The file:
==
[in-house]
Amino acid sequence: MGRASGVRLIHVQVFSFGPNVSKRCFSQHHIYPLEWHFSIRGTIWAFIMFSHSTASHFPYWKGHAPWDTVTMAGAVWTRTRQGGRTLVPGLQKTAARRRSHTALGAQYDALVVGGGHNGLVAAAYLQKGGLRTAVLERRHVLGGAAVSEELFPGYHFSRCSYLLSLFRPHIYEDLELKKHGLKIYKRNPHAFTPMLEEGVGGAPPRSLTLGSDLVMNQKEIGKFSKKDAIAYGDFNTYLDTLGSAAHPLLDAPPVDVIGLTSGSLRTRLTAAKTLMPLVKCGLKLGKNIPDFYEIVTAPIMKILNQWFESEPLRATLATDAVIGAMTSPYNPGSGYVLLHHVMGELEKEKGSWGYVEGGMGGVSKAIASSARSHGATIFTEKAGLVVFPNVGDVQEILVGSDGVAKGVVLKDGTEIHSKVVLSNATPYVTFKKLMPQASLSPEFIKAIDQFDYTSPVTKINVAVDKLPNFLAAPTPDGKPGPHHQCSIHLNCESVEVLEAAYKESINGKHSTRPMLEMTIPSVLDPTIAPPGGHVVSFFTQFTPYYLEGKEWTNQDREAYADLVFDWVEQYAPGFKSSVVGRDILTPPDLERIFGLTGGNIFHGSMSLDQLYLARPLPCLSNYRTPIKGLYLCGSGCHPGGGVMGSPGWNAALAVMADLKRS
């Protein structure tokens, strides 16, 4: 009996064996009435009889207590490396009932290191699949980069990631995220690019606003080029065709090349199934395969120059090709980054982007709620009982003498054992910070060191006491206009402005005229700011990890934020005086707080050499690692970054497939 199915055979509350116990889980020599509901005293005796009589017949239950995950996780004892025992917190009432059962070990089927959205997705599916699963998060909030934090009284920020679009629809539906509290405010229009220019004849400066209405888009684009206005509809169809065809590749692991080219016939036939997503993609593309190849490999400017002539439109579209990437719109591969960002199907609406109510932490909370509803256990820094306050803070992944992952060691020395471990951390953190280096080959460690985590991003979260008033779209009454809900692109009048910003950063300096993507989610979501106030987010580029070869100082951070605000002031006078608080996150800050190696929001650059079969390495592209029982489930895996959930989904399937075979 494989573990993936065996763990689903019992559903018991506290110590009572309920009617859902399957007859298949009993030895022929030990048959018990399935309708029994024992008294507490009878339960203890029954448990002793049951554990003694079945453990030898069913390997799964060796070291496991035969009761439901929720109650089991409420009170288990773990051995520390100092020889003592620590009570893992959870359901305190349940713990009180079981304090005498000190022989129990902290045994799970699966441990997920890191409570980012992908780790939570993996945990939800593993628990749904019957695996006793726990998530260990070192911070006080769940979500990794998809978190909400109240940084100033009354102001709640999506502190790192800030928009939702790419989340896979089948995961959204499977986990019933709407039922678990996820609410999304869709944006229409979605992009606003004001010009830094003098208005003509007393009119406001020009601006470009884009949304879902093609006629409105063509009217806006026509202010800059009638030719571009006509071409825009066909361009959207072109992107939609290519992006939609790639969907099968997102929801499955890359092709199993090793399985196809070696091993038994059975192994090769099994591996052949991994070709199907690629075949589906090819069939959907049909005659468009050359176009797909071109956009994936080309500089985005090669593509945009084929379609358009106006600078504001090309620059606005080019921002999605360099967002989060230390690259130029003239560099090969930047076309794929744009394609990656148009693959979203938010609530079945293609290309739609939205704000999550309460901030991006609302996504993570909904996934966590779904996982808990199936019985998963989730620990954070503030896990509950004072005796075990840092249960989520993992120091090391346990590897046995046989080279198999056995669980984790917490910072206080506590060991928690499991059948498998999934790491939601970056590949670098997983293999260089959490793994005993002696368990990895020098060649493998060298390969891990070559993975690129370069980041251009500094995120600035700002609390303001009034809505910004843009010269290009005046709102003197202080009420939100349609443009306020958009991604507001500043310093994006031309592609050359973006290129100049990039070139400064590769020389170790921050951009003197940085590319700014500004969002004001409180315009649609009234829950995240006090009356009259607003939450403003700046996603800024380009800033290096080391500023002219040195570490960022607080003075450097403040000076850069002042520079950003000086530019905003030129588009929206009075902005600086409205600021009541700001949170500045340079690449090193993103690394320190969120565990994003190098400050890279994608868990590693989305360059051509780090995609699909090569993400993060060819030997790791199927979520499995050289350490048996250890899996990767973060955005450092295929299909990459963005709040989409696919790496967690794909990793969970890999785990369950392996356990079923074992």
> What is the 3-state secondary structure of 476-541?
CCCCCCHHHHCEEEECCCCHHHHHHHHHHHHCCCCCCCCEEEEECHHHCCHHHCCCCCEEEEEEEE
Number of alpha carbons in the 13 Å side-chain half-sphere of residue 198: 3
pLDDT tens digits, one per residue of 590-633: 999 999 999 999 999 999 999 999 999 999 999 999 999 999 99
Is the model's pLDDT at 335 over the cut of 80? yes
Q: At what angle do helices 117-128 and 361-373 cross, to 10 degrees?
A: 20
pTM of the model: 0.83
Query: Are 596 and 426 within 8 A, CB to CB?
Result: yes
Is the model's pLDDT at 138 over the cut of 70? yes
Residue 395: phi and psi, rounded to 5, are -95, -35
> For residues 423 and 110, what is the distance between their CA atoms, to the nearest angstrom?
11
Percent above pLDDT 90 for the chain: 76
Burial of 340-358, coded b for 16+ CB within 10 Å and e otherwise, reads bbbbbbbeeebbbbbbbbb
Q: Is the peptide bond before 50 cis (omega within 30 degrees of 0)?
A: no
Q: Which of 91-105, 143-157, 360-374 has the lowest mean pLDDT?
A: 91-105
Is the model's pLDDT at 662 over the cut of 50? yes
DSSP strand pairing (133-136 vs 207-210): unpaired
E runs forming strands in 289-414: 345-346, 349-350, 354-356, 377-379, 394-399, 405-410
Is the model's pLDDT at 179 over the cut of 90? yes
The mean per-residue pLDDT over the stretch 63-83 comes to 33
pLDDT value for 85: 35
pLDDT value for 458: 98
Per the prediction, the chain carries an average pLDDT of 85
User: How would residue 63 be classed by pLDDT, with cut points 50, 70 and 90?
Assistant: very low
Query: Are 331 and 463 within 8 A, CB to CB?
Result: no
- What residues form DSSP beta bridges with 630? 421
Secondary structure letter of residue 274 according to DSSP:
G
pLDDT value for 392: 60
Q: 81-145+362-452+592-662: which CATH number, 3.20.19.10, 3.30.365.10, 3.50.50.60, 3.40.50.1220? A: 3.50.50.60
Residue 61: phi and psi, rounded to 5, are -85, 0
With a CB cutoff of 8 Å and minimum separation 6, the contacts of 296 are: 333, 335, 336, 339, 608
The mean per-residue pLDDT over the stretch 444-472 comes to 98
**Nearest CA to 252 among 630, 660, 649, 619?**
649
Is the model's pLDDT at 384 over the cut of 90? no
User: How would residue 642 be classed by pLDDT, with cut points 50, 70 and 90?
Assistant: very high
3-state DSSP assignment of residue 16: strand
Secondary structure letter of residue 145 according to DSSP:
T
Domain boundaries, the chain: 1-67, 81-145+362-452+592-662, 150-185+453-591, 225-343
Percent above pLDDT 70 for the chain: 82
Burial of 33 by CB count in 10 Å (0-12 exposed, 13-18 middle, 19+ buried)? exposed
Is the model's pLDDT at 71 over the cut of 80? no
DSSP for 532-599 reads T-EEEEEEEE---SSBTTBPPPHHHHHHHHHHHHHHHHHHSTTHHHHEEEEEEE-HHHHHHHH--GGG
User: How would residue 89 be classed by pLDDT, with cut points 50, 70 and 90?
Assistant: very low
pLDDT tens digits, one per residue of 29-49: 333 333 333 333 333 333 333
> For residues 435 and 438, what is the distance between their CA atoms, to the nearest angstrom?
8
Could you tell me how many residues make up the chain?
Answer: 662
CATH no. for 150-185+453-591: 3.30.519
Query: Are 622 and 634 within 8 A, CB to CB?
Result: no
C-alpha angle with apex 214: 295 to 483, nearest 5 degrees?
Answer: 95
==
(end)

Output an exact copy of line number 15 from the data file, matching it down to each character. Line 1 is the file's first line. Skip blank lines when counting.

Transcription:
Residue 395: phi and psi, rounded to 5, are -95, -35